If we don't know how many moles of ${\text{MgCl}}_{2}$ are in our original mixture, how do we calculate the number of moles of ${\text{AgNO}}_{3}$ necessary to add? We know that the more moles of ${\text{MgCl}}_{2}$ we have in our original mixture, the more moles of ${\text{AgNO}}_{3}$ we need. Luckily, we have enough information to prepare for the worst case scenario, which is when our mixture is $100\mathrm{%}\phantom{\rule{0.167em}{0ex}}{\text{MgCl}}_{2}$. This is the maximum amount of ${\text{MgCl}}_{2}$ we can possibly have, which means this is when we will need the most ${\text{AgNO}}_{3}$.
Let's pretend that we have $100\mathrm{%}\phantom{\rule{0.167em}{0ex}}{\text{MgCl}}_{2}$. How many moles of ${\text{AgNO}}_{3}$ will we need? This is another stoichiometry problem! We can calculate the number of moles of ${\text{AgNO}}_{3}$ by converting the mass of the sample to moles of ${\text{MgCl}}_{2}$ using the molecular weight, and then converting to the moles of ${\text{AgNO}}_{3}$ using the molar ratio:
${\text{mol of AgNO}}_{3}=0.7209\phantom{\rule{0.167em}{0ex}}\overline{){\text{g MgCl}}_{2}}×\frac{1\phantom{\rule{0.167em}{0ex}}\overline{){\text{mol MgCl}}_{2}}}{95.20\phantom{\rule{0.167em}{0ex}}\overline{){\text{g MgCl}}_{2}}}×\frac{2\phantom{\rule{0.167em}{0ex}}{\text{mol AgNO}}_{3}}{1\phantom{\rule{0.167em}{0ex}}\overline{){\text{mol MgCl}}_{2}}}=1.514×{10}^{-2}\phantom{\rule{0.167em}{0ex}}{\text{mol AgNO}}_{3}$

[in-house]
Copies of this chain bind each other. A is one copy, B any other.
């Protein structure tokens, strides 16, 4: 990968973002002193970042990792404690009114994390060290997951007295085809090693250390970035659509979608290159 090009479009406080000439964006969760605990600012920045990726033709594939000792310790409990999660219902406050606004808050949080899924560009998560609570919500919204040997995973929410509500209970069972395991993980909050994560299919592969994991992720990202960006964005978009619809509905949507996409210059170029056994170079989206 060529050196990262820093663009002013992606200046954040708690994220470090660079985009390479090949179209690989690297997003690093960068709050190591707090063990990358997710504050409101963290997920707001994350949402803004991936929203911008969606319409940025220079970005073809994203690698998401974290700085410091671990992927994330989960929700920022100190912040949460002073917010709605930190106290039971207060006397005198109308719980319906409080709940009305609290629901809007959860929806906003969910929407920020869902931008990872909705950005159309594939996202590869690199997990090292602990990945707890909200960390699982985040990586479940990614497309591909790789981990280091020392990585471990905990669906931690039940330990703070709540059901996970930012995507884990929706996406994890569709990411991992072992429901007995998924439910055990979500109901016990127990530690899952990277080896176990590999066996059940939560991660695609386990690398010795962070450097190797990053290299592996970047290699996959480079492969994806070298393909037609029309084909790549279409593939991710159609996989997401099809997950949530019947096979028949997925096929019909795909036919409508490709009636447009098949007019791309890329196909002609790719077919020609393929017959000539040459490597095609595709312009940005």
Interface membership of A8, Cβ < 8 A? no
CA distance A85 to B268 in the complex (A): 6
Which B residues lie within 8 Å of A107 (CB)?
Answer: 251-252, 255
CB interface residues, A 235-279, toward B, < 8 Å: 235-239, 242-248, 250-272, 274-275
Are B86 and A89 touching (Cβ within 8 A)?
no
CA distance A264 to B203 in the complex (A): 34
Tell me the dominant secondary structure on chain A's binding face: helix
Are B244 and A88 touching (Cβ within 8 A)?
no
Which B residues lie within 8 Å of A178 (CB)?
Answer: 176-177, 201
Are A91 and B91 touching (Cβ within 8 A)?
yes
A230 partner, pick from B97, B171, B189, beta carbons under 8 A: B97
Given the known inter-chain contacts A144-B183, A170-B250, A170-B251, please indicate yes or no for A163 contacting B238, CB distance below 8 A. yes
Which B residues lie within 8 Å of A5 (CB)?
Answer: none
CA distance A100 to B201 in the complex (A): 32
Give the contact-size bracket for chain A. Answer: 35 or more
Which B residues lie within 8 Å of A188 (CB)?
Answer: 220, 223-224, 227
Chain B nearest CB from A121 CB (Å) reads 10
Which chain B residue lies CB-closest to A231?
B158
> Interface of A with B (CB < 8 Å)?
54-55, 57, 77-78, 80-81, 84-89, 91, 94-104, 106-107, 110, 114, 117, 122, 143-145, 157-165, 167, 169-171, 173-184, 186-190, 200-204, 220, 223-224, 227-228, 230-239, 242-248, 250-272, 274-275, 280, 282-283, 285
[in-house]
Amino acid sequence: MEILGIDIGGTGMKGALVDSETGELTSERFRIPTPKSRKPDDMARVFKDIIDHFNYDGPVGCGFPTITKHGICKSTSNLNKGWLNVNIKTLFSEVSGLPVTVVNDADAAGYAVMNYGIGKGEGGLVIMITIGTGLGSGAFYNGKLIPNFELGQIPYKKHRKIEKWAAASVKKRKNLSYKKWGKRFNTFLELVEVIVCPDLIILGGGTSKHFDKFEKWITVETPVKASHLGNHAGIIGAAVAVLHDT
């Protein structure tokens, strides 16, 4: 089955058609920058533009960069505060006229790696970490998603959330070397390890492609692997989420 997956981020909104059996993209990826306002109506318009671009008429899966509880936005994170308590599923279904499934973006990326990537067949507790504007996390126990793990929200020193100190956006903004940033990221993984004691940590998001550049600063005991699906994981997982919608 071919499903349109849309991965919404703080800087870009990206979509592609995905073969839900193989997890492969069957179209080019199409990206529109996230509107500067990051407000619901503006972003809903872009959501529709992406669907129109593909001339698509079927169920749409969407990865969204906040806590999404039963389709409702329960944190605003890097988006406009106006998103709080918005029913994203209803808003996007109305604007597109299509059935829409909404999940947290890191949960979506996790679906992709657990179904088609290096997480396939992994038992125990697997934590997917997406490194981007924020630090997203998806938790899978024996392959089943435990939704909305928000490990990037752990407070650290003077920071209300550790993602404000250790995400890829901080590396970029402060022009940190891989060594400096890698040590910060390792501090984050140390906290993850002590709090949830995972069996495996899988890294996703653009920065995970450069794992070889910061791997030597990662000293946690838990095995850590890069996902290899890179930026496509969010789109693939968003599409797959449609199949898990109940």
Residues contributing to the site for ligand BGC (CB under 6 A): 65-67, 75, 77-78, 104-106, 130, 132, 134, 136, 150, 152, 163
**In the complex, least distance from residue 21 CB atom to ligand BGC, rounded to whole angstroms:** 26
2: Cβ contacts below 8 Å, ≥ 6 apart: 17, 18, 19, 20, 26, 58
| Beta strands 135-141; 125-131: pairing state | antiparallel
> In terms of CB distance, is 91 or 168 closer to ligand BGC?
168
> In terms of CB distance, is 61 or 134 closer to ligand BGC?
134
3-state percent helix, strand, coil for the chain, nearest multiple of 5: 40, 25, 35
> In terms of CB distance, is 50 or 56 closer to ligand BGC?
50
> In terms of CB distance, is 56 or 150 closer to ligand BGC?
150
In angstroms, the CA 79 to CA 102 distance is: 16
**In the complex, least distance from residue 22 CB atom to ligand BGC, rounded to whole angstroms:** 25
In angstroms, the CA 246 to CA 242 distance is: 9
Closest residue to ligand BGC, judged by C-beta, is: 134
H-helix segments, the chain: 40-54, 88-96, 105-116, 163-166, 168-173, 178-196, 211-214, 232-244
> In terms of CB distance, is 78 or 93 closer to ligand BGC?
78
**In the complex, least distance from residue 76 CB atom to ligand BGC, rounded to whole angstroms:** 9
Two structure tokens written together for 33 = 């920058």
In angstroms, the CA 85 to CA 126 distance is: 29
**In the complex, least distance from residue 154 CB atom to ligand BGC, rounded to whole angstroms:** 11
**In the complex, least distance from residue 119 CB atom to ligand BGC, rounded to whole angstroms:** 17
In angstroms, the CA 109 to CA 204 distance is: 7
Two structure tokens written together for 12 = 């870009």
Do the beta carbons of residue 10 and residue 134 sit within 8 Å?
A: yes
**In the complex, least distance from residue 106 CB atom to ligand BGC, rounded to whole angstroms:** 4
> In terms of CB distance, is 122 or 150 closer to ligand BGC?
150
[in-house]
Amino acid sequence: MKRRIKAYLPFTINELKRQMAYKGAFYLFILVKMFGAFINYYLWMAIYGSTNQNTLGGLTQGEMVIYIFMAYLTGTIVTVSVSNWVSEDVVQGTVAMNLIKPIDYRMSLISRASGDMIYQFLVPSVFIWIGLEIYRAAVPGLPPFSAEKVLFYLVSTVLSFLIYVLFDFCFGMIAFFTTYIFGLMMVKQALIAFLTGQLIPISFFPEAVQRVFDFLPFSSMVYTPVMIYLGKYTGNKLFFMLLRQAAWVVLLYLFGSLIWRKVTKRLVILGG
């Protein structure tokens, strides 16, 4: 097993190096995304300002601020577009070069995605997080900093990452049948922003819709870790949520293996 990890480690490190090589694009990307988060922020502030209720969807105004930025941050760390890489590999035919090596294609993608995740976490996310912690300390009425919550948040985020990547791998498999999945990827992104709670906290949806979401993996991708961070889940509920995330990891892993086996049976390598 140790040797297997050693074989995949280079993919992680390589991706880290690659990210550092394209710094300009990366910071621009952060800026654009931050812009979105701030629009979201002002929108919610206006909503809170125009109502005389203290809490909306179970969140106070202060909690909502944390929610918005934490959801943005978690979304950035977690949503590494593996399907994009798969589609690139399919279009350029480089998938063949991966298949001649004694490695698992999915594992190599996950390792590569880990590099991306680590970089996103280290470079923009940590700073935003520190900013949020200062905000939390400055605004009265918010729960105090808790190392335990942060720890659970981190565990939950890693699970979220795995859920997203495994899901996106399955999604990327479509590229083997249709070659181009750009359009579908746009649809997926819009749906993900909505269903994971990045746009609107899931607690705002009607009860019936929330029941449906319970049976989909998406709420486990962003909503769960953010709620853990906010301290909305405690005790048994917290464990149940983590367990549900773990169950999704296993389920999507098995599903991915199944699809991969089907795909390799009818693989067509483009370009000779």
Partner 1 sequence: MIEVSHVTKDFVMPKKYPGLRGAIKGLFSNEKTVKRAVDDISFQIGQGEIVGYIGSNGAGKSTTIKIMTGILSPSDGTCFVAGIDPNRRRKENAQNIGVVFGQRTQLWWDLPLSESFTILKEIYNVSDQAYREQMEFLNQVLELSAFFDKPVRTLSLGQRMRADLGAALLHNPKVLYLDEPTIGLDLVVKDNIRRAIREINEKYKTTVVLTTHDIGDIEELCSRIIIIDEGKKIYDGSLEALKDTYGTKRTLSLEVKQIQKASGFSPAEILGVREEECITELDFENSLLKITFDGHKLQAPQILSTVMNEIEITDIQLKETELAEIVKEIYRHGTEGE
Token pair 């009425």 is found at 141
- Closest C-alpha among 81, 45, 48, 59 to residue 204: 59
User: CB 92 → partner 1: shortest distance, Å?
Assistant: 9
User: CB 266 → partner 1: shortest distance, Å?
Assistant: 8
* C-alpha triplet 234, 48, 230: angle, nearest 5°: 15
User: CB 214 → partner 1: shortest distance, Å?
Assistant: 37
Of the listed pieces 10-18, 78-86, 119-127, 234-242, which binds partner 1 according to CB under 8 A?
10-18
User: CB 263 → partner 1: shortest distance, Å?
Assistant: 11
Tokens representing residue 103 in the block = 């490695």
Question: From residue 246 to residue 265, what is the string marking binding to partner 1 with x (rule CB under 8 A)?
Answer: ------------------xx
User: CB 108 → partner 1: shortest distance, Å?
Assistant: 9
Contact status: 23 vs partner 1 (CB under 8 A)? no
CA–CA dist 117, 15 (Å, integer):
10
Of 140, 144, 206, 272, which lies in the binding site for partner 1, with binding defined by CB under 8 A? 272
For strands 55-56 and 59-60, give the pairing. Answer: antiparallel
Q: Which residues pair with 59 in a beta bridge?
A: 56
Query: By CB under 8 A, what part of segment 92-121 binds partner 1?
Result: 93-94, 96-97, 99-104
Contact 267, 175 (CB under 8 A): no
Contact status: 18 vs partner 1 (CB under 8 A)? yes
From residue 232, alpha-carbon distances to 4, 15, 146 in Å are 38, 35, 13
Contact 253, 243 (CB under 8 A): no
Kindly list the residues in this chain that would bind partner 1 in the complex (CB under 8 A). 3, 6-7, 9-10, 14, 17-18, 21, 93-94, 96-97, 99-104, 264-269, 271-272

This result tells us that even if we don't know exactly how much ${\text{MgCl}}_{2}$ we have in our mixture, as long as we add at least $1.514×{10}^{-2}\phantom{\rule{0.167em}{0ex}}{\text{mol AgNO}}_{3}$ we should be good to go!

## Summary

Precipitation gravimetry is a gravimetric analysis technique that uses a precipitation reaction to calculate the amount or concentration of an ionic compound. For example, we could add a solution containing ${\text{Ag}}^{+}$ to quantify the amount of a halide ion such as ${\text{Br}}^{-}\left(aq\right)$. Some useful tips for precipitation gravimetry experiments and calculations include:
• Double check stoichiometry and make sure equations are balanced.
• Make sure that the precipitate is dried to constant mass.
• Add an excess of the precipitating agent.

## Just for fun!

Let's say we started with $0.4015\phantom{\rule{0.167em}{0ex}}\text{g}$ of a mixture of ${\text{MgCl}}_{2}$ and $\text{NaCl}$. We add an excess of ${\text{AgNO}}_{3}\left(aq\right)$ and find that we have $1.032\phantom{\rule{0.167em}{0ex}}\text{g}$ of the precipitate, $\text{AgCl}\left(s\right)$.